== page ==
Monk: I knew instantly Blues was a club that was going to suit me
GARRY Monk says he immediately knew Birmingham City was the right club for him – because he ‘gets’ what the club means to Bluenoses on and off the pitch.
From the moment Monk walked through the door in March, with Blues lying in the Championship relegation zone and a fanbase fragmented, things have looked up.
Not only have results dramatically improved on the field – Blues have swapped that relegation position for a side on the cusp of the play-offs within nine months – but the club has extended their collective arm into the community. They are efforts that haven’t gone unnoticed among the support.
Why is it, then, that Monk has been able to ‘get’ Birmingham City Football Club?
“It’s because I’m a nutter,” he smiled. “It’s just a feeling you have, you can walk into some clubs and, with it still being a good club, it’s just a different feeling.
“I knew instantly when I walked into the club it was a club that was going to suit me. Because of what it’s been through, everyone is so willing to do better.
“Getting that connection, I wouldn’t say it was simple but it was much more straightforward. Being able to communicate that properly and having those channels open was huge.
“That’s something we’ve really worked hard on. Everyone deserves it ; our fans, the players, the staff.
“Forget the football on the pitch and everything that happens with that, having that connection as a club is huge.
“We can get even better. From where we were at when we came in, it’s a huge testament and everyone should be proud.”
In July, Blues announced a partnership with former striker Geoff Horsfield’s very own foundation and Monk, his coaching staff and members of the playing squad have joined in everything, from DIY to feeding the homeless.
More is planned, too; representatives of the squad will visit Heartlands Hospital before Christmas and the club continues to work closely with Horsfield.
The manager was eager to point out that, unlike at other clubs he’s managed, these players don’t always wait to be asked before heading out into the community. He’s enjoyed it himself, too.
“Being able to have social media and being able to go out and work with Geoff into the community is huge. It’s so satisfying, it opens your eyes,” Monk continued.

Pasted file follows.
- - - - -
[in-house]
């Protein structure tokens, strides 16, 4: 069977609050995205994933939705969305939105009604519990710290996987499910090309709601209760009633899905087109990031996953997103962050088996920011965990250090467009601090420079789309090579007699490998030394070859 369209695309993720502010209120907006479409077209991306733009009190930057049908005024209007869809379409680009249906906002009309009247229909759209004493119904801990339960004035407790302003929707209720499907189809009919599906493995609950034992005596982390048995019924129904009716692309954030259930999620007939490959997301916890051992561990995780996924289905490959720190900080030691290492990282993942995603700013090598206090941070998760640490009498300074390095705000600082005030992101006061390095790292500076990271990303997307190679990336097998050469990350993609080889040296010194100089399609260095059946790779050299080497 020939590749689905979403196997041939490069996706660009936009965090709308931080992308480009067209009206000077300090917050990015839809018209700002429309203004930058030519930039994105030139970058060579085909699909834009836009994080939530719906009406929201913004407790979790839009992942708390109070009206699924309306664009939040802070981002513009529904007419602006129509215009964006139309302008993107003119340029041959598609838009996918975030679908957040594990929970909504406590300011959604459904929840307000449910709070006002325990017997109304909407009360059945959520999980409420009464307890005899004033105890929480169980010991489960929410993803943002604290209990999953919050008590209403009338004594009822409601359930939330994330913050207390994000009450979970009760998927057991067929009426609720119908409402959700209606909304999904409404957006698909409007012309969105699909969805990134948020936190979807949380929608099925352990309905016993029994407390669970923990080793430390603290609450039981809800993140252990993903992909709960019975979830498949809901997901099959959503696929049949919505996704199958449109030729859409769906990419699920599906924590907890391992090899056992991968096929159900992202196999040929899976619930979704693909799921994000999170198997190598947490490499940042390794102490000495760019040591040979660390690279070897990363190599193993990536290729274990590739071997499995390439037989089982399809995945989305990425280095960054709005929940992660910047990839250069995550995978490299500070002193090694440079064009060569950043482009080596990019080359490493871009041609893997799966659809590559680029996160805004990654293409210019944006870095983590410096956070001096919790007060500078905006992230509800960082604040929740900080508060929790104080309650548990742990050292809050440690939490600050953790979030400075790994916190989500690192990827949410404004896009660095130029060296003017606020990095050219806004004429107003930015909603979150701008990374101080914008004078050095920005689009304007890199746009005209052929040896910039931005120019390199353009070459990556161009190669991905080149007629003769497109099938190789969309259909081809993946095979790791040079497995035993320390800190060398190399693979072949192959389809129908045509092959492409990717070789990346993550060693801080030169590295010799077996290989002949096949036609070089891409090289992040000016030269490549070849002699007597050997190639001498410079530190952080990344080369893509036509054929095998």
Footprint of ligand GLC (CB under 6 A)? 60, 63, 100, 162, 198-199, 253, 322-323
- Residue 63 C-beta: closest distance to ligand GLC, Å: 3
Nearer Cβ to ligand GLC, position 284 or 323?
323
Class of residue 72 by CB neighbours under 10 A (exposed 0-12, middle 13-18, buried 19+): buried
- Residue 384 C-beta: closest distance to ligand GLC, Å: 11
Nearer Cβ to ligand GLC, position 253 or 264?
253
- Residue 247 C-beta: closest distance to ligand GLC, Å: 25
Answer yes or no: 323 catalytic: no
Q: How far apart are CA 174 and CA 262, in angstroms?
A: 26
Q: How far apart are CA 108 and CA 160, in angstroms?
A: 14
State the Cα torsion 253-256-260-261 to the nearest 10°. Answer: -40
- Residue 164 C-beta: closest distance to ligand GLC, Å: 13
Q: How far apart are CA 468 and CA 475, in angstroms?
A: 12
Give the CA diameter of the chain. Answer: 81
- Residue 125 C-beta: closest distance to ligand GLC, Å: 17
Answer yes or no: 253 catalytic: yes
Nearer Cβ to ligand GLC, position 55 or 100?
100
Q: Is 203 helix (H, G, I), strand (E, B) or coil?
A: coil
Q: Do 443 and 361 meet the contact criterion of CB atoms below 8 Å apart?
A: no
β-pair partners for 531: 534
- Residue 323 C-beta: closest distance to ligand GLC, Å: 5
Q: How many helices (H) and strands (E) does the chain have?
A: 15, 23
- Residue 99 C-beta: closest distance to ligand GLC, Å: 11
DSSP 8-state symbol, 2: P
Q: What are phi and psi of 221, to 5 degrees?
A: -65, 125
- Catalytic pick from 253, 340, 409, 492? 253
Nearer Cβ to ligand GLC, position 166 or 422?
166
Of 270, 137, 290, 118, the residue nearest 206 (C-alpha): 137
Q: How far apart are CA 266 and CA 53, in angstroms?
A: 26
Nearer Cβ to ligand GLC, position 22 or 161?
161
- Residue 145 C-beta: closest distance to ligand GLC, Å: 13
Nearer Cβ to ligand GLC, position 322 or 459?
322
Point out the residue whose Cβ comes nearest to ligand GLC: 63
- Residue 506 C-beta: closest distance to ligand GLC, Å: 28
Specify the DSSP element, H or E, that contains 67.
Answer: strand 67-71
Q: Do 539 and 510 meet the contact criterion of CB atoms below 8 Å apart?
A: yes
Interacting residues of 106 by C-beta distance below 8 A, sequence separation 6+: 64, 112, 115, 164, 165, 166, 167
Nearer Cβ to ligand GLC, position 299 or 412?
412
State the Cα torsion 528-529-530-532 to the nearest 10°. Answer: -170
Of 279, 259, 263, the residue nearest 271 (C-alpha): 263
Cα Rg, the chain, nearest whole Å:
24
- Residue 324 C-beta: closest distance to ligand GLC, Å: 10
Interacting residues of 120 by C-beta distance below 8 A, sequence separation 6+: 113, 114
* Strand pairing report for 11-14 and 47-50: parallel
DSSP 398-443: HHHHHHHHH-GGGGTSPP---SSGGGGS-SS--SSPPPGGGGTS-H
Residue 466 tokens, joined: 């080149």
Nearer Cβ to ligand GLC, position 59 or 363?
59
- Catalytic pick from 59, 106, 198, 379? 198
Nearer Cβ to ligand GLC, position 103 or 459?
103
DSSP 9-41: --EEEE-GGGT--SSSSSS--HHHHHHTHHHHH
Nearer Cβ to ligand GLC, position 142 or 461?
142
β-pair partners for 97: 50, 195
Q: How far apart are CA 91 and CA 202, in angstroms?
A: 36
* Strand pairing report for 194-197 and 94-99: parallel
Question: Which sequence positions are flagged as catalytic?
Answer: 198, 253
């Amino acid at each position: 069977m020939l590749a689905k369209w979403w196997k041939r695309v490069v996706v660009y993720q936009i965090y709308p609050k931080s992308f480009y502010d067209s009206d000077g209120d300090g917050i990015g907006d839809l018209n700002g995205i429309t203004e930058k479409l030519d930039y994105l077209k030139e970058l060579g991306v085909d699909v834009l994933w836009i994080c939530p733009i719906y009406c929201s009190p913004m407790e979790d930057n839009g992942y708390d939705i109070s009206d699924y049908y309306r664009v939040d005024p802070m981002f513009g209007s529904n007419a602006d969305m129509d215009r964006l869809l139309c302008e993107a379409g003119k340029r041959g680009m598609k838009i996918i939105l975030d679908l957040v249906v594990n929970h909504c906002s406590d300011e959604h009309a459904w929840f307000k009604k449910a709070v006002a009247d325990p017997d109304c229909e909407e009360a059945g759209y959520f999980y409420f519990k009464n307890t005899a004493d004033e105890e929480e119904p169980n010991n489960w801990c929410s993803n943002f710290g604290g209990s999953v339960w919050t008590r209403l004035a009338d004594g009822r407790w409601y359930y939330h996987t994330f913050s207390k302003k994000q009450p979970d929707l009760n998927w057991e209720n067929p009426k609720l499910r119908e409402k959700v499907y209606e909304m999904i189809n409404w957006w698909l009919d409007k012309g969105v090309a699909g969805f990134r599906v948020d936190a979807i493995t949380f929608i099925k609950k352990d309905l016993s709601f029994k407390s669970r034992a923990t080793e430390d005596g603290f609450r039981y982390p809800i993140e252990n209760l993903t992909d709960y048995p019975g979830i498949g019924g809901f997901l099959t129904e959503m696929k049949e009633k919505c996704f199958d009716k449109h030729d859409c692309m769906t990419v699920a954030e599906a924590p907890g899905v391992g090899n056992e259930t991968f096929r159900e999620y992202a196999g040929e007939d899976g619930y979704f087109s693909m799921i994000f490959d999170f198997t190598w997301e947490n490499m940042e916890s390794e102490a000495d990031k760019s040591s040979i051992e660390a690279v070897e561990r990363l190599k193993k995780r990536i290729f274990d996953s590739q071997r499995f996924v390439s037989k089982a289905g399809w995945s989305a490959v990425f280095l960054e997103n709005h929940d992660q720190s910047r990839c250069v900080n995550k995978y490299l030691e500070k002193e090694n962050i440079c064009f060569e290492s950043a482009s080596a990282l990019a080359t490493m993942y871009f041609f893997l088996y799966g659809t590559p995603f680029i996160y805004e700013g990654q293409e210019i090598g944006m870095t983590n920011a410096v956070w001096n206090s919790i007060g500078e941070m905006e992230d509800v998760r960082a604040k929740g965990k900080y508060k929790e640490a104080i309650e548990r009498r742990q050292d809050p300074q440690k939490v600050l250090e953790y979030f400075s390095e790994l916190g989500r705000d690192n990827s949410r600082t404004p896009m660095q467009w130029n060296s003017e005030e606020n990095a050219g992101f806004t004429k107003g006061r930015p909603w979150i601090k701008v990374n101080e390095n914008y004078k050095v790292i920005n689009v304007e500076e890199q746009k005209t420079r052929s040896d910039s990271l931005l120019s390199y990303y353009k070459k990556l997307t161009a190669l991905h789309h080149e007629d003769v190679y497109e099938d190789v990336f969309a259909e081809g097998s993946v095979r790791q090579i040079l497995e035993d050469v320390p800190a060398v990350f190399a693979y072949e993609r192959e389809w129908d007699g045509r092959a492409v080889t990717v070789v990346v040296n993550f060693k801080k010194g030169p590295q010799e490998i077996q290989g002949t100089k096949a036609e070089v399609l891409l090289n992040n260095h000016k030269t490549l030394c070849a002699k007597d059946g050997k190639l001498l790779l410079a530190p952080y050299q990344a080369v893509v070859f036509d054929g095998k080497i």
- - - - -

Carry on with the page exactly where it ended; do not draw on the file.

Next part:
“The players have embraced it too; they’ve gone out of their way to go and do that. They don’t just wait for the club to ask them, which happens at a lot of other clubs.
“As players they’ve gone out off their own backs at times and actively done stuff as well as the stuff for the club. They’ve been fantastic and it’s growing all the time. Everyone is seeing the benefit of that. There’s a real strong attitude towards progressing.”
Monk also recognised the support his side has enjoyed and fed off, both at St Andrew’s – where Blues are unbeaten in 15 – and around the country.
“Teams can’t help where they’re placed or situated, but if you think of London clubs, you could walk out of a London stadium and bump into six, seven, eight, nine fans of other clubs,” he added.
“Here, it’s pretty much Birmingham-based. Everyone I bump into are Birmingham fans. Maybe other fans aren’t as confident to come up to you! The majority of people I speak to when I’m out and about, and I know the staff are the same, are Birmingham fans.
“It (the feelgood factor) was there at the end of last season and I think it showed our fans what Birmingham can be when it’s all together.
“Everyone has played their part, inside and outside the club, and that’s just got stronger and stronger.
“The support we and the players have had has been unconditional and that’s why the players wanted to show such a strong response (following the defeat to Villa).
“That’s the sign of a club making progression.”
>Blues’ players Maikel Kieftenbeld, left, and Marc Roberts, right, give Geoff Horsfield a hand
>Garry Monk and Blues’ fans have taken each other to their hearts